Submitted to: Encyclopedia of Genetics
Publication Type: Book / Chapter
Publication Acceptance Date: January 7, 2012
Publication Date: N/A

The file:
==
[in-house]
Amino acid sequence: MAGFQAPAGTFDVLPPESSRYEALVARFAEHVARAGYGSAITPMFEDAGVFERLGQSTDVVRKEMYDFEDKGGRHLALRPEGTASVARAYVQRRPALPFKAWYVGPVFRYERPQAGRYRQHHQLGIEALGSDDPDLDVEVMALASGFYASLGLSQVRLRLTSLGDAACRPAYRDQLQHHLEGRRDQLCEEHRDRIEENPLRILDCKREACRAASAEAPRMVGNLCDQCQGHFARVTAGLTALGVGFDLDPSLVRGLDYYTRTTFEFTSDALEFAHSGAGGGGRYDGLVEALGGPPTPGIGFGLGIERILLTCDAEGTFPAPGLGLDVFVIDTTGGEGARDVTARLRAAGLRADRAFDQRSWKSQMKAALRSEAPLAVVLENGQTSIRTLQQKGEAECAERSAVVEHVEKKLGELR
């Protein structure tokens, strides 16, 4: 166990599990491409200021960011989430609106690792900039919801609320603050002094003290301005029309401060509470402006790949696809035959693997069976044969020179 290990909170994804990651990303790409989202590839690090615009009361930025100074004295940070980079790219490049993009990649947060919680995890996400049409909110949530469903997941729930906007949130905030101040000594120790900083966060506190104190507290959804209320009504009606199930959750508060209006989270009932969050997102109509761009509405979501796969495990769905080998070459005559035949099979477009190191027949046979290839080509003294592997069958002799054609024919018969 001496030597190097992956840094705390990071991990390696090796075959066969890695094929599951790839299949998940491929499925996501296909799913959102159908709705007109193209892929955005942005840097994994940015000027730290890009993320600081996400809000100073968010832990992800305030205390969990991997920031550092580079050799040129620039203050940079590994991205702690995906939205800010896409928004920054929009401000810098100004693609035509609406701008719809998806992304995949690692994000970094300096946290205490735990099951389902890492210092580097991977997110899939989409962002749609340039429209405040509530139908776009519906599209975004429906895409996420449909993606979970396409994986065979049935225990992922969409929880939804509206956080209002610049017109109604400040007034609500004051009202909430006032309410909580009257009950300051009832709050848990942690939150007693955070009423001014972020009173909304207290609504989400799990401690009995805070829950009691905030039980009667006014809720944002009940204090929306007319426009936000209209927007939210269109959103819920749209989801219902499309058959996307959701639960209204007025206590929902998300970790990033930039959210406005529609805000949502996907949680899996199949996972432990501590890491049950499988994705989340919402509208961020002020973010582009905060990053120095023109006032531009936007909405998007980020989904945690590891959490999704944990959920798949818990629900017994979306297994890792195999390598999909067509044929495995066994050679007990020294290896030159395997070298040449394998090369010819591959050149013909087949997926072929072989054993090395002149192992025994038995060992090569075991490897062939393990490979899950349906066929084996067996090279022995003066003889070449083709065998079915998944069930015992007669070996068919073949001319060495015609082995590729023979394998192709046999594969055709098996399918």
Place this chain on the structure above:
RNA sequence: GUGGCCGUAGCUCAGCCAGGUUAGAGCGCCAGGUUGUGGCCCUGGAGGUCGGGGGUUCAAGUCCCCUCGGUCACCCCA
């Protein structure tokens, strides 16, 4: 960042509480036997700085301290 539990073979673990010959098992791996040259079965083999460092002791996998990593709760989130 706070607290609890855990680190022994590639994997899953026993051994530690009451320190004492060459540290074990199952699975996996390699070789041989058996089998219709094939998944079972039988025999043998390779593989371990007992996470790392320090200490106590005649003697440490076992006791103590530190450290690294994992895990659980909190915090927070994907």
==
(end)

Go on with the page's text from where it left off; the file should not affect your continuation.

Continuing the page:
Repetitive sequences, or repeats, account for a substantial portion of the eukaryotic genomes. These sequences include very different types of DNA with respect to mode of origin, function, structure, and genomic distribution. Two large families of repetitive sequences can be readily recognized, tandem repeats and dispersed repeats. High frequency and abundance as well as evolutionary conservation of repetitive sequences suggest that they serve important biological functions and should not be considered “junk DNA”. Current evidence indicates these sequences may play critical roles in evolution and human diseases. Several diseases, many of which are neurological, are associated with mutations and expansions to repeated sequences, including Huntington’s disease and Fragile X syndrome. Furthermore, repeated sequences are conserved between generations, a trait that could prove useful in identifying biomarkers for improving diagnostics and treatments for disease in the future.